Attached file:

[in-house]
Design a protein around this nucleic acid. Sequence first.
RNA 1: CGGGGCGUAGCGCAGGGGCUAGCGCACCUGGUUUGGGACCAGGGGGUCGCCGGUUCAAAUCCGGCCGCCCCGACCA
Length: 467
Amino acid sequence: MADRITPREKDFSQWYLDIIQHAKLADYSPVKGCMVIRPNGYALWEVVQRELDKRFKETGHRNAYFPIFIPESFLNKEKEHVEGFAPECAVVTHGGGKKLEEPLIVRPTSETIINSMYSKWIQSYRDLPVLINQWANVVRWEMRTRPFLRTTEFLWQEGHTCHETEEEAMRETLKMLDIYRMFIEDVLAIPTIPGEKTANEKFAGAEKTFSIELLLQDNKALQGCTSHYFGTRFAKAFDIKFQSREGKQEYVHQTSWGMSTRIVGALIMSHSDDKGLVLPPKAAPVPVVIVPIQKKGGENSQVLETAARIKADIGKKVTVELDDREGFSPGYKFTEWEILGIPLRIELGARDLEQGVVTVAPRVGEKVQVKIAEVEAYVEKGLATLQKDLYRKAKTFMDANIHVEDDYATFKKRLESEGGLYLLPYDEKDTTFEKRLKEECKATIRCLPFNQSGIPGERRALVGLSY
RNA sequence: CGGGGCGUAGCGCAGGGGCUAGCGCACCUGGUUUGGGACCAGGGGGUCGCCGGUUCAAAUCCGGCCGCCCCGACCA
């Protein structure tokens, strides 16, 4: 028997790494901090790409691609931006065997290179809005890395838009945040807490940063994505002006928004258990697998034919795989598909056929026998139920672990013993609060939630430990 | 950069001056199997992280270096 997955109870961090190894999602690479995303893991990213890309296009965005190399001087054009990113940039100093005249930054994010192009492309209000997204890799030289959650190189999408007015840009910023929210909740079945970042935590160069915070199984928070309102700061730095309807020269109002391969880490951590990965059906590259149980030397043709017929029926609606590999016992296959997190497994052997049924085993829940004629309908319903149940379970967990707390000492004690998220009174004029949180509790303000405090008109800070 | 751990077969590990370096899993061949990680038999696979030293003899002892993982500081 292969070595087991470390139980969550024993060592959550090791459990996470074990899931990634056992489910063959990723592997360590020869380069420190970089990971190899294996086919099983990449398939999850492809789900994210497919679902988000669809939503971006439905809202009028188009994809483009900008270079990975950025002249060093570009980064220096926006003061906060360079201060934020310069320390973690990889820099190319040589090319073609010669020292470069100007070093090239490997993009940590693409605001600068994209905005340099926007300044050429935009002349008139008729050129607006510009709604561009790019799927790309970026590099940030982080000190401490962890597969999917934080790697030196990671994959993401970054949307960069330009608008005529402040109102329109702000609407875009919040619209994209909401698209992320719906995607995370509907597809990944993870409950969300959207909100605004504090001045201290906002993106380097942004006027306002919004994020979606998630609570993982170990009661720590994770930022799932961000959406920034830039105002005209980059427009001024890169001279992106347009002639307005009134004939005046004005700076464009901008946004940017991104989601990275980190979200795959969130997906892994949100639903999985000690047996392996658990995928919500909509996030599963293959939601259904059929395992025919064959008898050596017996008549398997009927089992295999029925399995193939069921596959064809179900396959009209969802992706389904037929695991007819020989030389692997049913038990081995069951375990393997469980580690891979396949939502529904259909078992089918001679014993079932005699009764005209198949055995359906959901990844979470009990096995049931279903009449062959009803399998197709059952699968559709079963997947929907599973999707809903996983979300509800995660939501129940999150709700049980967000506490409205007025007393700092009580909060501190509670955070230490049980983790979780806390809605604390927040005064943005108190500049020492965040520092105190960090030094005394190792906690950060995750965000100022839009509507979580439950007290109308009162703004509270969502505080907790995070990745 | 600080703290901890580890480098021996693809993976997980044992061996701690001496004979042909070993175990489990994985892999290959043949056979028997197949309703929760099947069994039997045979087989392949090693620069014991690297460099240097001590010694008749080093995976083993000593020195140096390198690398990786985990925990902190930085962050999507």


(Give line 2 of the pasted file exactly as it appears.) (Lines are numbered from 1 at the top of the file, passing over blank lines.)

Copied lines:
Design a protein around this nucleic acid. Sequence first.